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Cadillac Tax Delayed: What It Means for Unions

January 21, 2016

By Louise F. Pongracz, Esquire, and Lauren Frankel, Esquire

In response to growing concerns raised by both labor and management groups, Congress passed a law in December 2015 that delayed the start of the Affordable Care Act’s “Cadillac Tax” for two years, until Jan.1, 2020.

What is the Cadillac Tax?

The Cadillac Tax is a provision of the Affordable Care Act that would impose a 40 percent excise tax on the excess of the cost of an employer-sponsored health plan over a specified threshold. The tax was intended as a disincentive for employers to offer high-cost (so-called “Cadillac”) health benefits to workers. And because unionized workplaces typically offer better wages and health benefits, the Cadillac Tax would disproportionately affect union employers and employees.

The Cadillac Tax originally was scheduled to take effect Jan. 1, 2018, but, in response to concerns over its implementation, has been postponed to Jan. 1, 2020. In the meantime, Congress has authorized a study to reevaluate whether the ACA uses appropriate age and gender benchmarks to determine the Cadillac Tax thresholds. And in the event that the tax survives this review and other likely attacks, Congress also has required that Cadillac Tax payments will be tax-deductible.

The Cadillac Tax delay is a major blow for the Affordable Care Act, as it reduces tax revenue intended to subsidize some of the law’s costs. The delay also is a win for unions and their members, as it lessens the ACA’s considerable downward pressure on health insurance costs and member benefits.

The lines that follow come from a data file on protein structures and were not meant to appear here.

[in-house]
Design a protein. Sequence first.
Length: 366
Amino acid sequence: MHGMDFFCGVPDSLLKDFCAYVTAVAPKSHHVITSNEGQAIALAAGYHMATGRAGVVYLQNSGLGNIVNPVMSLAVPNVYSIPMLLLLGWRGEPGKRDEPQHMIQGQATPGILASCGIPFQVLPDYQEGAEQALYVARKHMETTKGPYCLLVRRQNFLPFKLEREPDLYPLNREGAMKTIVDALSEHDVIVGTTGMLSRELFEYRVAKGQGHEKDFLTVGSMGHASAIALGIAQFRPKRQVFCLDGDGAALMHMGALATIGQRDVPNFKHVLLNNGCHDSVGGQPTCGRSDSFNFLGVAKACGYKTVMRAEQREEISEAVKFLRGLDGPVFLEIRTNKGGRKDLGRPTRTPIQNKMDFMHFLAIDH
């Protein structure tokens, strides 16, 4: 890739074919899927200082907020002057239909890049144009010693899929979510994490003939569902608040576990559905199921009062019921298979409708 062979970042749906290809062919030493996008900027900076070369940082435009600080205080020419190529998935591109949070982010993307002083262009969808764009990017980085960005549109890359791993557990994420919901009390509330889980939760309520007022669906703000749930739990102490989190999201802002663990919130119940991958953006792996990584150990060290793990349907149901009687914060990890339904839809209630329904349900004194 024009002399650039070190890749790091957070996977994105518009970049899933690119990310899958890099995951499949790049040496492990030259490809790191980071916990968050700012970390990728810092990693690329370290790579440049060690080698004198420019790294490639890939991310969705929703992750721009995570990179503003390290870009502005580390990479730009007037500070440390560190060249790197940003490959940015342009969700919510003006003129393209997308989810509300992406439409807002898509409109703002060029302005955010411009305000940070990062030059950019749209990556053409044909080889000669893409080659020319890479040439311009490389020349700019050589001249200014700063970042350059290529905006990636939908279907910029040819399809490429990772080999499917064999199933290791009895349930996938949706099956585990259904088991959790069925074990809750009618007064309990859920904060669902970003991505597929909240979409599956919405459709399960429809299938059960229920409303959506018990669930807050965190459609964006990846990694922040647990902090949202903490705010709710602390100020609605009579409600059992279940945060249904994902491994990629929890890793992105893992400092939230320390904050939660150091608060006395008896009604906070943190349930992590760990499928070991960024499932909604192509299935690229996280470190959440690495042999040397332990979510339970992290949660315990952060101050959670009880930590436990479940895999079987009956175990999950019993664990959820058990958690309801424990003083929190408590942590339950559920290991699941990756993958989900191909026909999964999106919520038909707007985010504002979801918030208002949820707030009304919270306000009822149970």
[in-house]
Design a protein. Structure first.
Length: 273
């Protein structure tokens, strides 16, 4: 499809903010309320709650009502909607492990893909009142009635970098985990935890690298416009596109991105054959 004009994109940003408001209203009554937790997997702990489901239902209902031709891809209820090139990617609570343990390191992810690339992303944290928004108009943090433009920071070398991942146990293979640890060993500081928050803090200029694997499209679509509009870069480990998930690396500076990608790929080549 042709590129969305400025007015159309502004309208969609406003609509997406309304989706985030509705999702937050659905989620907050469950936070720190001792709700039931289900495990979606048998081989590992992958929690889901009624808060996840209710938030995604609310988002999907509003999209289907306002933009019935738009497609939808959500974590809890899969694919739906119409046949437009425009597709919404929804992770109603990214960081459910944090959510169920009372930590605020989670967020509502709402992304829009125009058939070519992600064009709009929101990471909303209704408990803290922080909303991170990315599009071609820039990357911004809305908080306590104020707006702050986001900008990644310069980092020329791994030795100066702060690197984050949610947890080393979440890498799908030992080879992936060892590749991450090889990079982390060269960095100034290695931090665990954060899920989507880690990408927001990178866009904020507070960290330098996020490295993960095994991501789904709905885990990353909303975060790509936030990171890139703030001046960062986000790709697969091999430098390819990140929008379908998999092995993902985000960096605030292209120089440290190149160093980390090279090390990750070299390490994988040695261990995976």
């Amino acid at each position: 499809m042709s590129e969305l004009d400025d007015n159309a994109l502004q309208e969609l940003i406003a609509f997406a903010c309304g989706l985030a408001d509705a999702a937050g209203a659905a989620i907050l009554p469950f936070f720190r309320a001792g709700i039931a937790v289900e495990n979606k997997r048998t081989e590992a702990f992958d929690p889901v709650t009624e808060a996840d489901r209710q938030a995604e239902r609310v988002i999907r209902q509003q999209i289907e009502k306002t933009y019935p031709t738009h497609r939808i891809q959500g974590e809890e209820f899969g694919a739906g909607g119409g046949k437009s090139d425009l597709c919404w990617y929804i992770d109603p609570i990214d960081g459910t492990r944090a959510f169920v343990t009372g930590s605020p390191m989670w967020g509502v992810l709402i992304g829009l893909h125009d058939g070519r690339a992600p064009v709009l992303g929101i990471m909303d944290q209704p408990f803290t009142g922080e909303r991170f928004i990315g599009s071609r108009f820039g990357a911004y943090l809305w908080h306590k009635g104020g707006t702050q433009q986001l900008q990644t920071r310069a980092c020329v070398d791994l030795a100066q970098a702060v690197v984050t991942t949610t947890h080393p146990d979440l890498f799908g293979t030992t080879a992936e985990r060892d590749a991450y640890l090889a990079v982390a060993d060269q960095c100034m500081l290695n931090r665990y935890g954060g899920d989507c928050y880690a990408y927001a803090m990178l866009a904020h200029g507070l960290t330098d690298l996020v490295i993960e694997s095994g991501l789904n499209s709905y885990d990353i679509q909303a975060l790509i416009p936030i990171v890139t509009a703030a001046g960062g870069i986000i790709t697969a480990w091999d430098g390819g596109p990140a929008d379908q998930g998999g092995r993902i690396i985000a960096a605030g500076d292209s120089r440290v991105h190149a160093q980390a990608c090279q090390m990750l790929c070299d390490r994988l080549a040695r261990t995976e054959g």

What does the Delay Mean for Collective Bargaining?

First, unions that already have agreed to Cadillac Tax re-openers may have dodged a bullet, assuming that your CBA doesn’t extend after Jan. 1, 2020. But be sure to review your Cadillac Tax language carefully, as broadly drafted re-opener provisions may remain effective even in light of the two-year delay. (Note: Always work with legal counsel when drafting CBA language!)

Second, notwithstanding the delay, unions still should anticipate proposals to include Cadillac Tax provisions, as employers have been trying to include such language since at least 2011 and likely will keep pushing. On this issue, tread carefully. Because the future of the Cadillac Tax is so uncertain, it will be difficult to assess the value of either benefit concessions or re-opener provisions related to a tax which may never materialize.

Third, Cadillac Tax or no Cadillac Tax, the increased costs of health benefits will remain central in every negotiation. Costs for medical coverage are rising after a period of relative stability, and costs for prescription coverage are increasing at an even greater rate. Before considering any proposed benefit adjustments, be sure to ask the employer for the kind of detailed medical and prescription history and renewal data that will allow you to evaluate whether any steep increase is necessary. Also, make sure you are equipped to investigate all of the options.

The labor and employee benefits attorneys at Willig, Williams & Davidson are ready to help your union craft bargaining proposals, evaluate employer proposals, and keep your members abreast of the changes in the health care markets and the law. If you have questions about healthcare in collective bargaining, and how we can help, please contact us at (215) 656-3600.

   
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